Harper is Gaslit

Kushner uses Harper’s character to illustrate how repressing sexual identity and conforming to a societal or religious expectation of identity is harmful not only to oneself, but to ones partners and family as well. Additionally, this plays into the larger theme of the play which is to acknowledge and attend to ones own pain to empathize with others diverse experiences of pain; each character is uniquely lonely, but they share in common the consequences of a society which stigmatizes gayness and ignores the AIDS crisis.

Kushner introduces the relationship between Harper and Joe from an objective perspective, which depicts Harper’s abuse of Valium and suggests her mental health is harming their marriage. Joe infantilizes his wife and denies her requests for affection and love, as seen in the language he uses to address her: “hey buddy”, along with deciding when they will share an (extremely unerotic) moment of affection: “buddy kiss”. Joe uses shaming tactics to essentially gaslight Harper into believing her problems are separate from their relationship, or that her “emotional problems” impede any potential attraction to her. This causes Harper to be stuck in a cycle of self-loathing in which she turns again to Valium to escape. However, there are moments which Harper interrupts this cycle to defend herself and express her autonomy; “if I do have emotional problems it’s from living with you” (Act I Scene 5). Here it is made clear that Harper does not assume responsibility entirely for her mental health or addiction, nor does she blame it on her upbringing, a tactic Joe uses later on. 

It is made clear that Joe is projecting the pain and shame he carries around onto his wife, who is no longer accepting of this dynamic. During her confrontation with Joe addressing his sexuality, Harper says, “Yes I’m the enemy. That’s easy” (Act I Scene 8), showing that she is recipient of Joe’s frustration, but she knows that she doesn’t deserve it either. 

There are multiple forces acting on Joe which cause him to repress his sexuality, the main being his following of Mormonism. Kushner makes clear the complex dynamic of religion and how it is not as simple as denouncing it (which we might want Harper to do) or ignoring its teachings to free oneself from their harm. After inadvertently confessing to be homosexual, Joe gives a final attempt at blaming Harper for his own shame: “You want to destroy me, but I am not going to let you do that” (Act I Scene 8). Joe now represents Harper directly as the guilt and shame he feels about his sexuality; both due to his lack of attraction to her and her knowledge of this shared “secret”. He believes that accepting gayness will destroy him, but repressing it further will only harm his marriage and Harper’s potential for happiness.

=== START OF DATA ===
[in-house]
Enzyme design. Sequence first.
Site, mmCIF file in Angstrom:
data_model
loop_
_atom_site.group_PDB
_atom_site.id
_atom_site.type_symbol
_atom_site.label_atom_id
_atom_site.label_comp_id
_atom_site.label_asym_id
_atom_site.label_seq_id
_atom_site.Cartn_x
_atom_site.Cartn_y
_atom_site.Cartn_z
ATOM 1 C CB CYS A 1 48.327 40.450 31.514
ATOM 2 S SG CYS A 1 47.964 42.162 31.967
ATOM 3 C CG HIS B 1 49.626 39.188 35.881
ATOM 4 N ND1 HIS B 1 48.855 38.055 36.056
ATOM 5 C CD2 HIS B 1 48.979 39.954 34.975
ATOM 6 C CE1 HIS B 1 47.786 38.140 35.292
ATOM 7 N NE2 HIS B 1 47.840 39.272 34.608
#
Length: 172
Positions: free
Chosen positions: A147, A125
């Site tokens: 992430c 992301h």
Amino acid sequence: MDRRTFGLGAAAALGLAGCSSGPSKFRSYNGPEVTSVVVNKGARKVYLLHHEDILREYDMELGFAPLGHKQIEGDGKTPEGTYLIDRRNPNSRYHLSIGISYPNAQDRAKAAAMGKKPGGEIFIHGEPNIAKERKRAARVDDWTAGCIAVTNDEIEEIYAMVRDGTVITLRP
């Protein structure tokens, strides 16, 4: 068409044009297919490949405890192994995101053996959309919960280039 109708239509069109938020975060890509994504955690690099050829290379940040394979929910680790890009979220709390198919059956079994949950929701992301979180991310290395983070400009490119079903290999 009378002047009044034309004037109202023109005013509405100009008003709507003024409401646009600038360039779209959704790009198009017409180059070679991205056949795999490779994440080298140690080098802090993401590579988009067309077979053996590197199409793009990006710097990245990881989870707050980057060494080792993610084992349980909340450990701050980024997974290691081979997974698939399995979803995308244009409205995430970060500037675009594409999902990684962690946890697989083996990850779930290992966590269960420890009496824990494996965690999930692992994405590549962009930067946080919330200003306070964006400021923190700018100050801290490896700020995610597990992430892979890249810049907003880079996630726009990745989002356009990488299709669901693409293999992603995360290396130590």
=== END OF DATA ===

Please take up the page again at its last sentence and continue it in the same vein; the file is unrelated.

3 thoughts on “Harper is Gaslit”

  1. I found this idea fascinating: repressing your identity will affect those around you. As an audience, we can sympathize with both Joe and Harper. Even though we know it is hard for Joe to come to terms with his sexuality, especially during the AIDS epidemic, he is dishonest and sometimes hostile towards his wife, Harper. I related Joe’s inability to fully accept himself. As someone has been ‘out’ for so long, I still feel affected by my internalized homophobia at times. However, I have learned to be mindful about expressing it in harmful ways to my girlfriend, so I don’t accidentally push my feelings onto them.

  2. I really like how you pointed out how exactly Joe gaslights Harper and infantilizes her. I think another interesting part of the relationship is despite Joe’s attempt to deny his true self, Harper always points how what he is doing and makes him take accountability. She points out how he truly feels and how badly he treats her at times with his tendency to blame her. A moment in the play that I feel best shows this is when Joe and Harper’s last scene. Harper demands for Joe to stop lying to her and himself. He ends the scene by saying, ” I’m going. Out. Just… Out” (Kushner Act 4 Scene 9) which shows him finally coming to acceptance with his sexuality.

  3. I think your comments about Joe infantilizing Harper and using her problems as a way to avoid showing attraction to her are fascinating and an insightful way to look at their relationship. Joe’s internalized homophobia has not only affected his life but has also affected Harper’s mental health. This reminds me of Saeed Jones’s poems about his own internalized questioning, which didn’t so much have an effect on someone else like the case with Joe and Harper, but had a similar affect on himself.

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